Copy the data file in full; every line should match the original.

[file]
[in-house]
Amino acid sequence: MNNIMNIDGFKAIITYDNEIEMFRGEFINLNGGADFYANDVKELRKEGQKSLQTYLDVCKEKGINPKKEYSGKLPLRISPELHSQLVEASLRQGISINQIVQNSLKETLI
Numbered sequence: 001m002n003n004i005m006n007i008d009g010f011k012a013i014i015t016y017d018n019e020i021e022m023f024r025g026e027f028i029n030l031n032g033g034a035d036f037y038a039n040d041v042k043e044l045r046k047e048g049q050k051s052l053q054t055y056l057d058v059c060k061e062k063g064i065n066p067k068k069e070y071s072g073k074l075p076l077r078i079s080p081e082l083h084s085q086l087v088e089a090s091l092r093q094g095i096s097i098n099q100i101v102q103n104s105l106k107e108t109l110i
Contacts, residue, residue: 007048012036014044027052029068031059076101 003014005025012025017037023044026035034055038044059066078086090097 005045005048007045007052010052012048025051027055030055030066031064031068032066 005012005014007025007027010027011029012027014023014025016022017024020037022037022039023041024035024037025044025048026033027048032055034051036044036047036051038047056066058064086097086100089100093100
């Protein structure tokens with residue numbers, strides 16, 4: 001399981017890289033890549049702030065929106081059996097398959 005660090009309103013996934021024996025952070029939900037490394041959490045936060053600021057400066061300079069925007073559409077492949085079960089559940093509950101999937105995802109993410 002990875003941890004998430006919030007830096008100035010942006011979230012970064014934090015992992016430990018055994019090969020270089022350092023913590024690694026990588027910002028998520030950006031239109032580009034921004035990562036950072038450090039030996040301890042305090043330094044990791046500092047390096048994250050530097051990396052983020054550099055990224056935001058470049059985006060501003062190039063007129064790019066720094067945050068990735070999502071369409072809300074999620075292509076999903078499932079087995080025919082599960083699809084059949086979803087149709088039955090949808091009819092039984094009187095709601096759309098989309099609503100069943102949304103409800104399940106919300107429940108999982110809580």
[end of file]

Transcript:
[in-house]
Amino acid sequence: MNNIMNIDGFKAIITYDNEIEMFRGEFINLNGGADFYANDVKELRKEGQKSLQTYLDVCKEKGINPKKEYSGKLPLRISPELHSQLVEASLRQGISINQIVQNSLKETLI
Numbered sequence: 001m002n003n004i005m006n007i008d009g010f011k012a013i014i015t016y017d018n019e020i021e022m023f024r025g026e027f028i029n030l031n032g033g034a035d036f037y038a039n040d041v042k043e044l045r046k047e048g049q050k051s052l053q054t055y056l057d058v059c060k061e062k063g064i065n066p067k068k069e070y071s072g073k074l075p076l077r078i079s080p081e082l083h084s085q086l087v088e089a090s091l092r093q094g095i096s097i098n099q100i101v102q103n104s105l106k107e108t109l110i
Contacts, residue, residue: 007048012036014044027052029068031059076101 003014005025012025017037023044026035034055038044059066078086090097 005045005048007045007052010052012048025051027055030055030066031064031068032066 005012005014007025007027010027011029012027014023014025016022017024020037022037022039023041024035024037025044025048026033027048032055034051036044036047036051038047056066058064086097086100089100093100
């Protein structure tokens with residue numbers, strides 16, 4: 001399981017890289033890549049702030065929106081059996097398959 005660090009309103013996934021024996025952070029939900037490394041959490045936060053600021057400066061300079069925007073559409077492949085079960089559940093509950101999937105995802109993410 002990875003941890004998430006919030007830096008100035010942006011979230012970064014934090015992992016430990018055994019090969020270089022350092023913590024690694026990588027910002028998520030950006031239109032580009034921004035990562036950072038450090039030996040301890042305090043330094044990791046500092047390096048994250050530097051990396052983020054550099055990224056935001058470049059985006060501003062190039063007129064790019066720094067945050068990735070999502071369409072809300074999620075292509076999903078499932079087995080025919082599960083699809084059949086979803087149709088039955090949808091009819092039984094009187095709601096759309098989309099609503100069943102949304103409800104399940106919300107429940108999982110809580």